“When the NIGC published its cost-benefit Study on Sept. 24, 2008, we were surprised at the very low level of negative impacts found by the study – so low that we decided that an independent analysis was needed,” David Qualls, OIGA chairman, said in a press release.

The NIGC’s cost-benefit study found that the Class II MICS and Technical Standards would only impose negative costs of $7.8 million over 10 years. Meister’s study found that the negative economic impacts could be as high as $145 million in hardware costs alone.

“Our member tribes had expressed concerns for over a year that these regulations were seriously flawed and would impose significant, unnecessary costs on our tribal gaming operations. This independent assessment shows our concerns were justified and that the NIGC has purposely ignored those concerns,” Qualls said.

Oklahoma has around 60 percent of all the Class II gaming machines in the country and will be hard hit by the costs of compliance with the new regulations, which will include upgrading current machines or buying new ones.

In his executive summary, Meister said he was asked to review and comment on the methodologies and conclusions of the Policy Navigation Groups’ cost-benefit study especially as it related to his earlier study. He found a number of shortcomings, including a lack of transparency; questionable assumptions; unsupported/speculative assumptions; assumptions contradicted by available information; biased assumptions; omission or minimization of negative impacts on tribes; mischaracterizations of results from his earlier report; and lack of an adequate basis for determining whether the proposed regulations are a “major rule” within the meaning of the Small Business Regulatory Enforcement Fairness Act.

The NIGC used the cost-benefit study as a justification for declaring the regulations to not be a “major rule,” and for not conducting additional consultation with tribes or allowing for congressional oversight hearings, according to the press release.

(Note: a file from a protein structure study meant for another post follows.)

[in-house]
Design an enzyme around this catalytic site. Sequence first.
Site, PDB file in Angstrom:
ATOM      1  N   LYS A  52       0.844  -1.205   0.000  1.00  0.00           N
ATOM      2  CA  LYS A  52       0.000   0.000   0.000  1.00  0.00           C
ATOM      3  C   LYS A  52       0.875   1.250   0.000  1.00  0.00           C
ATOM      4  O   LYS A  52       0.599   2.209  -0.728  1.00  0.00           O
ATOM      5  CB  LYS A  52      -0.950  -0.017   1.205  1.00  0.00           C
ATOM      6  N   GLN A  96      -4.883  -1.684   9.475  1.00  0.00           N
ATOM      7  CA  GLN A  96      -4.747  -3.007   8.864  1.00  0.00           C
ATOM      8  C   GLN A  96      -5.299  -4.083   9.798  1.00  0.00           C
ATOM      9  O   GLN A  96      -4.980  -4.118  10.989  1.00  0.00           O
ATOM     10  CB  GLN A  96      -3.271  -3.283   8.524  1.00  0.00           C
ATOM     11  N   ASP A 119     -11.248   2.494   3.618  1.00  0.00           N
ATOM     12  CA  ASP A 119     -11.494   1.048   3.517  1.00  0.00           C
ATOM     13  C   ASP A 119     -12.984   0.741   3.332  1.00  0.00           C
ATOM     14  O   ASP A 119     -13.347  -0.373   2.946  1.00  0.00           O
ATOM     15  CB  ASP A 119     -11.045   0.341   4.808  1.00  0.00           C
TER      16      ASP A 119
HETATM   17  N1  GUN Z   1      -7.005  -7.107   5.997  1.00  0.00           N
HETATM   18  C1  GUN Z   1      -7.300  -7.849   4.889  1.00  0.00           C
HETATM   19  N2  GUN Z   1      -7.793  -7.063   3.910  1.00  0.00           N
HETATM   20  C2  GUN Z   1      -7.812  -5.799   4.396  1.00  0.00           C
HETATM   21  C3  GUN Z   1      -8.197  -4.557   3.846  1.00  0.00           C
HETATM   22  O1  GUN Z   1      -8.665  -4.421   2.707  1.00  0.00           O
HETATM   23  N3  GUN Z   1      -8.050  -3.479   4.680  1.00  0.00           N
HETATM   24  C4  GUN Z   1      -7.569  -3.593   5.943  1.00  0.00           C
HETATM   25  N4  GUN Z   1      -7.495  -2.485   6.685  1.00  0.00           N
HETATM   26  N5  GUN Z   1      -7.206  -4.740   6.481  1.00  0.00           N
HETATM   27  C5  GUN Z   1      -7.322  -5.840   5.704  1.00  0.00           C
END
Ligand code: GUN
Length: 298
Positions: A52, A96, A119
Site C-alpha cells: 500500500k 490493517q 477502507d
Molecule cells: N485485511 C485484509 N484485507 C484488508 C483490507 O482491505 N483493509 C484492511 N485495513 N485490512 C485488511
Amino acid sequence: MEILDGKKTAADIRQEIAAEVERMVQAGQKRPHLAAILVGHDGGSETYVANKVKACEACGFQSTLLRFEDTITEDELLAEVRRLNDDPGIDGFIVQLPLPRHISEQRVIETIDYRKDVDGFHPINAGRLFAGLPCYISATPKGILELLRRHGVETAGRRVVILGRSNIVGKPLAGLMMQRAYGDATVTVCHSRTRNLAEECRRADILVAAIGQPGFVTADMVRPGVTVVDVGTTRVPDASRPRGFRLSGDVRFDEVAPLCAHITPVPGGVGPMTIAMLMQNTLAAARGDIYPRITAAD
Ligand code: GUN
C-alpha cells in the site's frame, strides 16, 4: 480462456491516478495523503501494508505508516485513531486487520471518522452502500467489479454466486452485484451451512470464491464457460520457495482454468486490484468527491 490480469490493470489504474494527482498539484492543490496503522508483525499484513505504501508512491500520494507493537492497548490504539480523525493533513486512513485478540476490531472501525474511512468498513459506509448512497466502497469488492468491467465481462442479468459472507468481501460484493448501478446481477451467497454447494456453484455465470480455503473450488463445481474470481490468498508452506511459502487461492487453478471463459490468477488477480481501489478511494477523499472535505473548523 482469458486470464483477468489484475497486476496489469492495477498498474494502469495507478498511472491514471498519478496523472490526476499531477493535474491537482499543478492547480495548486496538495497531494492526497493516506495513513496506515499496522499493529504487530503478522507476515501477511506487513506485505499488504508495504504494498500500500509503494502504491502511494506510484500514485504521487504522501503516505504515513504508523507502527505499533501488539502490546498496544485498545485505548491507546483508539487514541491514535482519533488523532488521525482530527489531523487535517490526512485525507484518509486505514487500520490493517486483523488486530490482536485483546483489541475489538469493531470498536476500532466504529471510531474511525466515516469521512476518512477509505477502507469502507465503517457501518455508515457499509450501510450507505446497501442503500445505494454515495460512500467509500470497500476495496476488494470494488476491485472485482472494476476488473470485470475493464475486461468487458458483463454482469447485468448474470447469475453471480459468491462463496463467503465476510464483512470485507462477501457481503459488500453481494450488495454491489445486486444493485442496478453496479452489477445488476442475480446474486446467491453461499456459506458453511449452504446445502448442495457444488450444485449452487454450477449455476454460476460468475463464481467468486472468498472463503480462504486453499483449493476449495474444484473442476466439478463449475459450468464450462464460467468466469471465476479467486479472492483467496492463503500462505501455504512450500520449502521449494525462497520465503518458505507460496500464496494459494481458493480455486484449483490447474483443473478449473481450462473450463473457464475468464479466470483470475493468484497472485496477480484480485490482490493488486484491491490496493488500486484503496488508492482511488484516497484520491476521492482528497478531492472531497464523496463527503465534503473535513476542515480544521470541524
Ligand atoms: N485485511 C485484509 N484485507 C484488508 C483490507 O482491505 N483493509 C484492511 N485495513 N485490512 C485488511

“These shortcomings raise significant doubts about the reliability of the Cost-Benefit Study’s quantitative results and qualitative conclusions. Therefore, policymakers should be cognizant of these shortcomings when considering the impact of the proposed Class II gaming regulations,” Meister said.

The Class II MICS and Technical Standards regulations were made final and published by the NIGC in the Federal Register on Oct. 10; they became effective on Nov. 10.

Class II regulations still hot | Indian Country Today | Gaming

Class II regulations still hot Indian Country Today Gaming:
"LAS VEGAS – National Indian Gaming Commission Chairman Phil Hogen is still questing after a “bright line” between Class II and Class III gaming, and may find it by enforcing compliance with an opinion he issued rather than the normal way through regulations.

But Jess Green, a Chickasaw attorney in Oklahoma who is an expert in Indian gaming law, said he’s ready to litigate if Hogen takes that route.

At a presentation called NIGC Roundtable: The Commission View, Hogen spoke at length about his perception of the need for changes that would “clarify” the difference between Class II and Class III gaming machines.

Class II machines, which are used for bingo, lotto, pull tabs and other such games, don’t require a tribal-state compact or sharing the tribe’s gaming revenues with the state. Class II gaming is particularly useful to tribes in states that refuse to negotiate gaming compacts.

Class III slot machines do require a compact with the state, which usually takes a share of the tribe’s profit.

Hogen recalled the early years of Indian high stakes bingo when a bingo blower randomly selected the numbers and players could see the balls being selected and who they were playing against. Players were confident that the game wasn’t rigged because everything was transparent, Hogen said.

“It’s not easy with all this complicated environment, all this high speed electronic equipment. You’ve got to convince the player that this is fair and a square kind of deal"